It's interesting to note that every women Craigs Bond has slept with so far has died!

It's little wonder this Bond has gone down a storm in the US, since apparently they love that 'quintessential' British stuff. I almost expected the Queen to make another cameo.

That's also part of the franchise. Even a serious Bond film can't always be serious. But yes, I did wonder how choppers with British flags on them got to the South China sea so fast...

I'm just not sure if Ian Fleming's 007 was lost somewhere along the way.

Have you actually read the original books, Lee?

Flemings Bond got lost with Roger Moore. No even before, when Bond drove a moon buggy in Diamonds Are Forever.

Craigs 007 is a lot closer in style to Flemings character then most people realise. Though Dalton probably comes nearest.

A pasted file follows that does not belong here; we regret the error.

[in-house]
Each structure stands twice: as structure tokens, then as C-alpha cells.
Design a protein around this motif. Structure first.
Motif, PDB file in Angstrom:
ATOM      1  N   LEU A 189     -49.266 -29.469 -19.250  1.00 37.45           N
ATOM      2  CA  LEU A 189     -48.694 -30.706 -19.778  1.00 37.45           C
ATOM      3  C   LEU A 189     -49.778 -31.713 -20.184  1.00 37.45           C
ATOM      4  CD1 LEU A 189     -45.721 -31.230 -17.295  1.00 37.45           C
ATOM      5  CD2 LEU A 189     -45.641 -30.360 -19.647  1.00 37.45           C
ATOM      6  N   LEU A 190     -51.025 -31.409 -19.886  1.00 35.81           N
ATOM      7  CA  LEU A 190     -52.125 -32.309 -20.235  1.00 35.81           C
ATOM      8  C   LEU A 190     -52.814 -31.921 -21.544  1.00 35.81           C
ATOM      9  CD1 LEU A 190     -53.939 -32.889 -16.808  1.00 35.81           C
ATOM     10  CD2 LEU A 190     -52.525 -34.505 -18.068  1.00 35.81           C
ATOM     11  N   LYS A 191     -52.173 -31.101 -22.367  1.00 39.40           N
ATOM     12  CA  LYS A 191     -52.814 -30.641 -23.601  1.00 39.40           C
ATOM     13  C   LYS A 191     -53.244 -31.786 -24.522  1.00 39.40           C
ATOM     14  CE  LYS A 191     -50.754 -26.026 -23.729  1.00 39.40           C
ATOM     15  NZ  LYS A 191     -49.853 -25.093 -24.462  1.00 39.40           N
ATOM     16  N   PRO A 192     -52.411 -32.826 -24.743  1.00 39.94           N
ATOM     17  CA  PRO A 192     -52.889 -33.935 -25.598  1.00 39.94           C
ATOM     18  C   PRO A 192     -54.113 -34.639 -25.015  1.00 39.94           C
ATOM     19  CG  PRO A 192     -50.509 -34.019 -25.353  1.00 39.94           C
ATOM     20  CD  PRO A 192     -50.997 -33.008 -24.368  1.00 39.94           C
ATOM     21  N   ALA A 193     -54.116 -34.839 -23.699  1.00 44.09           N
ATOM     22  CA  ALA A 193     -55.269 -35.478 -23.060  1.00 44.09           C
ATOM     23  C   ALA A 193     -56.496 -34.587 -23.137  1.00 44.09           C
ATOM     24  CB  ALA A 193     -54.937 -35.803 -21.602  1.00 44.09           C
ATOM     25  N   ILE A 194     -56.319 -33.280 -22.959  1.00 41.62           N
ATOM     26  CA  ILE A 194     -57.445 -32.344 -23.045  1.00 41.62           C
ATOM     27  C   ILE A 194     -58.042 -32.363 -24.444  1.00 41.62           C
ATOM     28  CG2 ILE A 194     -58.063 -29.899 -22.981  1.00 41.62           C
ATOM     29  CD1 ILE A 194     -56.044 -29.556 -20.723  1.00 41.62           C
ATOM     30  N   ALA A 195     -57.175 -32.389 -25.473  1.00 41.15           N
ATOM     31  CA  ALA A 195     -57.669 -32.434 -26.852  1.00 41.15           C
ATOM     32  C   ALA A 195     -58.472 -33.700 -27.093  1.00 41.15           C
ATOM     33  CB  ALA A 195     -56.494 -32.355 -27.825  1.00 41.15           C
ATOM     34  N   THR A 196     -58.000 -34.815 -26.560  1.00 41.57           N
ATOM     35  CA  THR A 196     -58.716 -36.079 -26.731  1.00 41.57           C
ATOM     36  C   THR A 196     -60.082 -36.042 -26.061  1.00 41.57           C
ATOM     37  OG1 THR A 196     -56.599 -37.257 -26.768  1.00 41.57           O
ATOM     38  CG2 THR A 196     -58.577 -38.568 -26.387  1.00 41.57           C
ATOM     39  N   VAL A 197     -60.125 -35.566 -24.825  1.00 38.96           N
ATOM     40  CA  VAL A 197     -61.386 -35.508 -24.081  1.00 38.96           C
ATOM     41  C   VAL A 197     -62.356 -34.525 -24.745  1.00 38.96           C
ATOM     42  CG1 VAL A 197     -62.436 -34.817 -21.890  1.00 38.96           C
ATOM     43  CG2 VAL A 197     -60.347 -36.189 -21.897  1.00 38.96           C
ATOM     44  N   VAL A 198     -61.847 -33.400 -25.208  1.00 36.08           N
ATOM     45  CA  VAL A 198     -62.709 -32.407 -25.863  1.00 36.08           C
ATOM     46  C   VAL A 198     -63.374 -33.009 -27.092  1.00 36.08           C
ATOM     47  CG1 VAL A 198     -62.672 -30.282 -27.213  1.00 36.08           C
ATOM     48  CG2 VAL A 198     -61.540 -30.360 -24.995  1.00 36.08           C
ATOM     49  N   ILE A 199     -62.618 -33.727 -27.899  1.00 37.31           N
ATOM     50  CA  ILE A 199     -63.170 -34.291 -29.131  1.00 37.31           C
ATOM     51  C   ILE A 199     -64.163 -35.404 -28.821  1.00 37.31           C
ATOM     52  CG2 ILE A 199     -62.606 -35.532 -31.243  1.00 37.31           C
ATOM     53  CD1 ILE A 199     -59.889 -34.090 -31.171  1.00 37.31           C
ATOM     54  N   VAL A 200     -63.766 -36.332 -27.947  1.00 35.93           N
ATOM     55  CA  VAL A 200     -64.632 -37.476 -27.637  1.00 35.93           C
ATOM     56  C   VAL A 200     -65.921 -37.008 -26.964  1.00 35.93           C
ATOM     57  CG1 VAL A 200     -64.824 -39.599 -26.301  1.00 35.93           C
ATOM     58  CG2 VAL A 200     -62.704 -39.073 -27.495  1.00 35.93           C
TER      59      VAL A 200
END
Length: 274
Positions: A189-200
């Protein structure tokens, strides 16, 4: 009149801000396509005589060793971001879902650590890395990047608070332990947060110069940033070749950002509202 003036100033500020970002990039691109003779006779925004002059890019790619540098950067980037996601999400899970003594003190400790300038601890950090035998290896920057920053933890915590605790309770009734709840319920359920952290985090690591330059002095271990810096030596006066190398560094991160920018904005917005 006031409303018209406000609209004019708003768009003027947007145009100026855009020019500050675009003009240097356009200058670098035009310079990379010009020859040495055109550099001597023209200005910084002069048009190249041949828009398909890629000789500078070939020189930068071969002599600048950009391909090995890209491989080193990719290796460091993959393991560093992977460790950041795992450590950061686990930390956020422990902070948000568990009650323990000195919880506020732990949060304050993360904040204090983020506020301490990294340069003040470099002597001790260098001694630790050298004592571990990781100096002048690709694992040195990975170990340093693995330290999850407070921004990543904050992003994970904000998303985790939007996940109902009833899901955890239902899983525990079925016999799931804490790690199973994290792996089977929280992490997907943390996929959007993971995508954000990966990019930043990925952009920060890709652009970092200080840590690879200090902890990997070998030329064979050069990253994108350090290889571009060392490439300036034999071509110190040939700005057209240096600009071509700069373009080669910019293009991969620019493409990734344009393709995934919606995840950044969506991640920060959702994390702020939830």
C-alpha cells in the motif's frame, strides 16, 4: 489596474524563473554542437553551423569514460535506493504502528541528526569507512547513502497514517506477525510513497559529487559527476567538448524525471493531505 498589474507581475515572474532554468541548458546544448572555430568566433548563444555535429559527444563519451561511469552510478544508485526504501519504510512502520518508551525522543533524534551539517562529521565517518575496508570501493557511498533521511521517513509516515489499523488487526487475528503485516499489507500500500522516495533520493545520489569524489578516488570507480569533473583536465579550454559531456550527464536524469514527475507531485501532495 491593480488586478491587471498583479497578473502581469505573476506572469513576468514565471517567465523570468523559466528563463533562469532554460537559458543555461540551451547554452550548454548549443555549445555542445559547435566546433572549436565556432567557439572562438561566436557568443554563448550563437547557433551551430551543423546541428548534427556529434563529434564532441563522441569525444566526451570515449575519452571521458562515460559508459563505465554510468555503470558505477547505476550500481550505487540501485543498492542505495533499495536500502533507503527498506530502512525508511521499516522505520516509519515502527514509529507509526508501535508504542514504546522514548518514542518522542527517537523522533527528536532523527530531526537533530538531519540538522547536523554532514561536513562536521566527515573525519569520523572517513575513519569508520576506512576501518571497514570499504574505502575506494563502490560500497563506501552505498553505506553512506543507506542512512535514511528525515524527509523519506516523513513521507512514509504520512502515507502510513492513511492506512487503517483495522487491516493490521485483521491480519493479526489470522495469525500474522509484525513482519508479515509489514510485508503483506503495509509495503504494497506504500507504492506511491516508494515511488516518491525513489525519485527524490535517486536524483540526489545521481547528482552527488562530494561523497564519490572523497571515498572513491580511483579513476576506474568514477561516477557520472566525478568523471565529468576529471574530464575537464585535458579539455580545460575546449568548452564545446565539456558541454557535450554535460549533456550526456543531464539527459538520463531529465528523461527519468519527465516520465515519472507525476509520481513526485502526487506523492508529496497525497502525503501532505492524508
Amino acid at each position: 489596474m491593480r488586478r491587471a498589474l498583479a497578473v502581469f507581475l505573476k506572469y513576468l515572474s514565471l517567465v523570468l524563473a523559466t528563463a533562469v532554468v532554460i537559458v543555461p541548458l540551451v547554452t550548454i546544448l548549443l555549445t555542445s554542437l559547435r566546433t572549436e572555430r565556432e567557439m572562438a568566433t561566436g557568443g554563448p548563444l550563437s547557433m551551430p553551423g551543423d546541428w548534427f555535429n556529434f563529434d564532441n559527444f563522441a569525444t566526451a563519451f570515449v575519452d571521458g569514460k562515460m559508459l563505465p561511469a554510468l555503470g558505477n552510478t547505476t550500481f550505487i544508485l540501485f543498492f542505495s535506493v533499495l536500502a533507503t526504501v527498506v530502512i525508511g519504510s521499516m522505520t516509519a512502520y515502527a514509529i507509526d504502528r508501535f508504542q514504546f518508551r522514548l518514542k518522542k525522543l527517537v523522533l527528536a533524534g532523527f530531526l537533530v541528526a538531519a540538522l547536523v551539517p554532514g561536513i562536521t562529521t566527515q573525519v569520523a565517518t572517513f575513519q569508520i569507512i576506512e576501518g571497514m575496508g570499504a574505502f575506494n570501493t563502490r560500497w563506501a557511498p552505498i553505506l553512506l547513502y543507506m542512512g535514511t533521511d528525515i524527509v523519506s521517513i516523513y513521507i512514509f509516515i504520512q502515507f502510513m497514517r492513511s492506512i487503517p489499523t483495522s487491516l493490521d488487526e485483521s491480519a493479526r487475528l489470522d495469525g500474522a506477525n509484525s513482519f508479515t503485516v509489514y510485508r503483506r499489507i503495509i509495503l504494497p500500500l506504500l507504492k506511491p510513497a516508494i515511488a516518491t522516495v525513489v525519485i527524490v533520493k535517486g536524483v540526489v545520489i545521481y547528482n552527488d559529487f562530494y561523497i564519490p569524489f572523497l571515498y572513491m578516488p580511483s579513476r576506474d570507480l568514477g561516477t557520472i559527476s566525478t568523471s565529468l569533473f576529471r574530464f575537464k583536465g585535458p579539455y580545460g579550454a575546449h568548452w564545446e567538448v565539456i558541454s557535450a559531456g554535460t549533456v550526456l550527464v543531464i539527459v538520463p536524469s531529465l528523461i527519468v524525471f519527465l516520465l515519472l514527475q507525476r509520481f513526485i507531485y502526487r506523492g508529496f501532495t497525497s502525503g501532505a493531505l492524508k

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Re: tone. Consistent, really? I felt there were three distinct tonal shifts in the film, almost three different mini movies in one. The first was an exotic quick-cutting contemporary Bond albeit in the 'traditional' sense; the second (middle section) was BBC style spooks light thriller - dipping wholeheartedly into Ealing and the original Tinker Tailor, all very British and all very novel - probably moreso for overseas viewers, as was the clear intention. In fact the film in this section felt like a great advert for tourism in London, such were its gimmicks. It was very entertaining, if rather unnatural. The Scottish finale then shifted mood like crazy to a brilliant siege shot apparently by the Top Gear team and inspired by Home Alone, trap making montage present and correct. The main difference being the complete withdrawal of all humour, the tone suddenly getting decidedly serious again. Three distinct tonal shifts that just about work together in the end, which was a relief. I'm surprised that anyone would find this movie "consistent" at all.